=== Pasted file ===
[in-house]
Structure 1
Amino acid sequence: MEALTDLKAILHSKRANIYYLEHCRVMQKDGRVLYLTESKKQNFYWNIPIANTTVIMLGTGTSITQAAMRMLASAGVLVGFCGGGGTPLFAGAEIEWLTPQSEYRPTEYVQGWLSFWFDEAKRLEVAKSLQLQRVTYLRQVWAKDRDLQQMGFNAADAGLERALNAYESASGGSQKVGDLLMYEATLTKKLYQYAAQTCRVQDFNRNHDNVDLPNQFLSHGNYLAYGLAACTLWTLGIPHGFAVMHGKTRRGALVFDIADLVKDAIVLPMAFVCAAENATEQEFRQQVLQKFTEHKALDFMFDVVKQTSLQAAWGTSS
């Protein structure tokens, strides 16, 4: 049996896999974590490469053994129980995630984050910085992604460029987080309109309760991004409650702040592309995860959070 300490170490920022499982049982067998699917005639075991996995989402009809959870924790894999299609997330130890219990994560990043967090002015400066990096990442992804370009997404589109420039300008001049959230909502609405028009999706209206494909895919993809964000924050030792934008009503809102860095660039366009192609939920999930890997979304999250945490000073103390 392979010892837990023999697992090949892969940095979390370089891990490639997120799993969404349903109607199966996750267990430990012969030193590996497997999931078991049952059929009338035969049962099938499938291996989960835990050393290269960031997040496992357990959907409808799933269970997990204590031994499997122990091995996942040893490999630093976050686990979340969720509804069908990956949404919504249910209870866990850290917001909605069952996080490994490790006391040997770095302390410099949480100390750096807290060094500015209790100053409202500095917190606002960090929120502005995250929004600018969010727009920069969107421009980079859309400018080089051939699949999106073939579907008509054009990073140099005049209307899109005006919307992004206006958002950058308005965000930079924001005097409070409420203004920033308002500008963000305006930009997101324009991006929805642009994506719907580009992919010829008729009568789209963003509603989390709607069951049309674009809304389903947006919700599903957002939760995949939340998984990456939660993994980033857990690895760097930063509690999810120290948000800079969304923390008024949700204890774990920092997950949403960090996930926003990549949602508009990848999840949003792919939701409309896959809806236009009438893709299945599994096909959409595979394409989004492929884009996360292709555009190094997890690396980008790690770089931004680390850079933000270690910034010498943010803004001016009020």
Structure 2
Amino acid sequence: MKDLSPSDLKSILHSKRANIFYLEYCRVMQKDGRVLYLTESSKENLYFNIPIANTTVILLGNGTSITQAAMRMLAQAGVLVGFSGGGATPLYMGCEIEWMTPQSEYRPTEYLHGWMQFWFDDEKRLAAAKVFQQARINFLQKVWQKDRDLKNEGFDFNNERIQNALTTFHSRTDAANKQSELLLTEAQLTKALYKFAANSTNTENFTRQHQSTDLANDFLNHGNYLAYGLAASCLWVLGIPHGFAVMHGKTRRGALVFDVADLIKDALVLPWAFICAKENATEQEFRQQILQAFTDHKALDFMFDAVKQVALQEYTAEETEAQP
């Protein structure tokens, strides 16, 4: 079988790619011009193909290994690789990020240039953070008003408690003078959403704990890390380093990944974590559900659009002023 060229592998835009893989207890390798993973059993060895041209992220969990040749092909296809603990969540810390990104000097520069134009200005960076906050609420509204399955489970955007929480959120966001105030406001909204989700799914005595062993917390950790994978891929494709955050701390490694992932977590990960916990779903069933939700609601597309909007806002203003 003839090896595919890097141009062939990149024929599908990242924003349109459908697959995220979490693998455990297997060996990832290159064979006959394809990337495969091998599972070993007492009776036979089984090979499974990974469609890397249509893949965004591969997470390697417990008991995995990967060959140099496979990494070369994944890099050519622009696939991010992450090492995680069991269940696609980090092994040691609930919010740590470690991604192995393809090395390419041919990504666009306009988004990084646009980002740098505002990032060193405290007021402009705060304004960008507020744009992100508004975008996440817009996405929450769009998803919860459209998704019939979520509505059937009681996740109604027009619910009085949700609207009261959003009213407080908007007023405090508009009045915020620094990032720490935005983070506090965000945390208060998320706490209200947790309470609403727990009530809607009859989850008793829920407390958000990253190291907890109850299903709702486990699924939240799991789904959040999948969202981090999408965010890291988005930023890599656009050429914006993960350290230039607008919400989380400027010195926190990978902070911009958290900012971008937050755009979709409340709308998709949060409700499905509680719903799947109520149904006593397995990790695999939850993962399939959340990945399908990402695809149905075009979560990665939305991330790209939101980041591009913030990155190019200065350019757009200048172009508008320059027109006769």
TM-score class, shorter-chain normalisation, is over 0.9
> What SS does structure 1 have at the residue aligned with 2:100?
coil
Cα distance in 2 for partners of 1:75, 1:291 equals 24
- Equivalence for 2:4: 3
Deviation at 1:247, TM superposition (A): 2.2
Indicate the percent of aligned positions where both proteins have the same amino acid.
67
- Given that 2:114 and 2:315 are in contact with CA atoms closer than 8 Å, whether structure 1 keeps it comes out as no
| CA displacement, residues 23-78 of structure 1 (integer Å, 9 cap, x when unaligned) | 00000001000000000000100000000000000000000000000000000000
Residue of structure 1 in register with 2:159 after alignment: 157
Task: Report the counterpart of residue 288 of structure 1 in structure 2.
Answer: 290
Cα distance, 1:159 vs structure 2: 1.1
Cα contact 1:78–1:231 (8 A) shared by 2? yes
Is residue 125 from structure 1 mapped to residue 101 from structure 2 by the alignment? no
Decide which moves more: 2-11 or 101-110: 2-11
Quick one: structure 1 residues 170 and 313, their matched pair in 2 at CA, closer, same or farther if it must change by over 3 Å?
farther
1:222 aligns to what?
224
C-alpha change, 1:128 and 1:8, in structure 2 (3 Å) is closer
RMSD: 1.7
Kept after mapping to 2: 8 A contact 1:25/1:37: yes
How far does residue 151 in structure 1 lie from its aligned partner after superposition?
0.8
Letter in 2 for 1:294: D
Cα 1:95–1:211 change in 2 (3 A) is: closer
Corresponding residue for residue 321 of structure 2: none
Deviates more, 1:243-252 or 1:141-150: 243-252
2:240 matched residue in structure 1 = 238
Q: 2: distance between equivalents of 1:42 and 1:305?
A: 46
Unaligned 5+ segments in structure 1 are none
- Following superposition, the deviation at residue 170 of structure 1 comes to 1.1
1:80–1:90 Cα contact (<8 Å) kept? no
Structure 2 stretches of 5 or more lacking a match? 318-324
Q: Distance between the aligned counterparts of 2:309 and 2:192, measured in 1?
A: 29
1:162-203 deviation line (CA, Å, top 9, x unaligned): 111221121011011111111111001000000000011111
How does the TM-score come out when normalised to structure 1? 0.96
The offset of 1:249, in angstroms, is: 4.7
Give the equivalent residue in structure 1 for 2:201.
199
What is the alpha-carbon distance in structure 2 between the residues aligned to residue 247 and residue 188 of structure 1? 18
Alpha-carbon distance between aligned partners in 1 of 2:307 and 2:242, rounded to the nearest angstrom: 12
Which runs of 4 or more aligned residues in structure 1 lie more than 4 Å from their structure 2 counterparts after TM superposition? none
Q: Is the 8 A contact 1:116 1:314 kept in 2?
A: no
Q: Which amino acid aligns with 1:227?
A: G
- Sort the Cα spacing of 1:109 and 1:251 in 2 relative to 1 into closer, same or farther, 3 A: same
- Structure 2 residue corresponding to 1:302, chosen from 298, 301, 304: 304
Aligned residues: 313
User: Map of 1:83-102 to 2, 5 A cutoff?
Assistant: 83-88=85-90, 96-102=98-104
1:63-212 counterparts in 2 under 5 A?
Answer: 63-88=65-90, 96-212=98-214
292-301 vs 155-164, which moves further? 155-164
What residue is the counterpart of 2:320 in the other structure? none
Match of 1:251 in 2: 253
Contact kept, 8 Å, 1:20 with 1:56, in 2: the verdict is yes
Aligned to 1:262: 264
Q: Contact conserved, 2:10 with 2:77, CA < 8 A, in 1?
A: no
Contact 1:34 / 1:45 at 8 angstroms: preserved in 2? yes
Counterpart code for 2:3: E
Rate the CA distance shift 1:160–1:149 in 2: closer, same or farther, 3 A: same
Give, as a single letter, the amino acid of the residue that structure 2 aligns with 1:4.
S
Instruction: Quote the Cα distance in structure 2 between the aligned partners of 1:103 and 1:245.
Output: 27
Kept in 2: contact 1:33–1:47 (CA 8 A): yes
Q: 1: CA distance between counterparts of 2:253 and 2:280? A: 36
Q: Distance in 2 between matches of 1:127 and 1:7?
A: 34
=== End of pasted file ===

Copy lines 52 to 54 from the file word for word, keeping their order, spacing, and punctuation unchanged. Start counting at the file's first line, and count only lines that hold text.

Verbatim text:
What is the alpha-carbon distance in structure 2 between the residues aligned to residue 247 and residue 188 of structure 1? 18
Alpha-carbon distance between aligned partners in 1 of 2:307 and 2:242, rounded to the nearest angstrom: 12
Which runs of 4 or more aligned residues in structure 1 lie more than 4 Å from their structure 2 counterparts after TM superposition? none